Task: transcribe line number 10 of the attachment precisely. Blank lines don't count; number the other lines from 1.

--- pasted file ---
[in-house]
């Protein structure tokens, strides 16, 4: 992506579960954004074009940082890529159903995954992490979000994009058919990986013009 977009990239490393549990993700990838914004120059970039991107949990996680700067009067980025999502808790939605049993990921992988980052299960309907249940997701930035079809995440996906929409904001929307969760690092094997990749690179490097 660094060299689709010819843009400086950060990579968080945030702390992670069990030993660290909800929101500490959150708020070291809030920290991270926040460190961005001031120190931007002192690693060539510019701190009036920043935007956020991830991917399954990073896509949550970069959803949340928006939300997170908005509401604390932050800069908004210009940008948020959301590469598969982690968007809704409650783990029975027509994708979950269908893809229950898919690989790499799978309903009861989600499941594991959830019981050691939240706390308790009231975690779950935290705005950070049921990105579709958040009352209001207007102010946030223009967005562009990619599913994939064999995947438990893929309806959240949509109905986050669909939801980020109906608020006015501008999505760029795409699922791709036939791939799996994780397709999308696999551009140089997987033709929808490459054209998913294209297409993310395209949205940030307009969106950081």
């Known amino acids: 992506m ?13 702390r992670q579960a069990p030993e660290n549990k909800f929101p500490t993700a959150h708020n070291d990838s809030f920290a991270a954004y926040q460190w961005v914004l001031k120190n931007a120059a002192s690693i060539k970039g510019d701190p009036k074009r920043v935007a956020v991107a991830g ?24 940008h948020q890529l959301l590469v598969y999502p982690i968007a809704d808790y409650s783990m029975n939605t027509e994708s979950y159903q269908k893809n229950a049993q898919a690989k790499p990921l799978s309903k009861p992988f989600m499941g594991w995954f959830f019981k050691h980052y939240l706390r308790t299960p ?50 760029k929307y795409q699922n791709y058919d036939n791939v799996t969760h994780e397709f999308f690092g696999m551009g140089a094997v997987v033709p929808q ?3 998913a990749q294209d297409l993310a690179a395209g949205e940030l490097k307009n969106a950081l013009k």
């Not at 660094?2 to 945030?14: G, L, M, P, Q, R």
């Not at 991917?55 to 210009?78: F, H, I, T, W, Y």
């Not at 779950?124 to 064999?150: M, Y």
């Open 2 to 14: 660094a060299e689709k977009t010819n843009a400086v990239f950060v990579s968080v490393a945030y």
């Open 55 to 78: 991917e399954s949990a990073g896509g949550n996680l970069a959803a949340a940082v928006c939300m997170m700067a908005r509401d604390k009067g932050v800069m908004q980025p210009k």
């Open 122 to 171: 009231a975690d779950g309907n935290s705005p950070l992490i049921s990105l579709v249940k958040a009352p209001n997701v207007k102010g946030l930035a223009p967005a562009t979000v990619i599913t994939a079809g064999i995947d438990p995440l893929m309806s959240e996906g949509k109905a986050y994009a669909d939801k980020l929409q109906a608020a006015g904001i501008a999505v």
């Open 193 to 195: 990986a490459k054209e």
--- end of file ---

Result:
């Open 193 to 195: 990986a490459k054209e």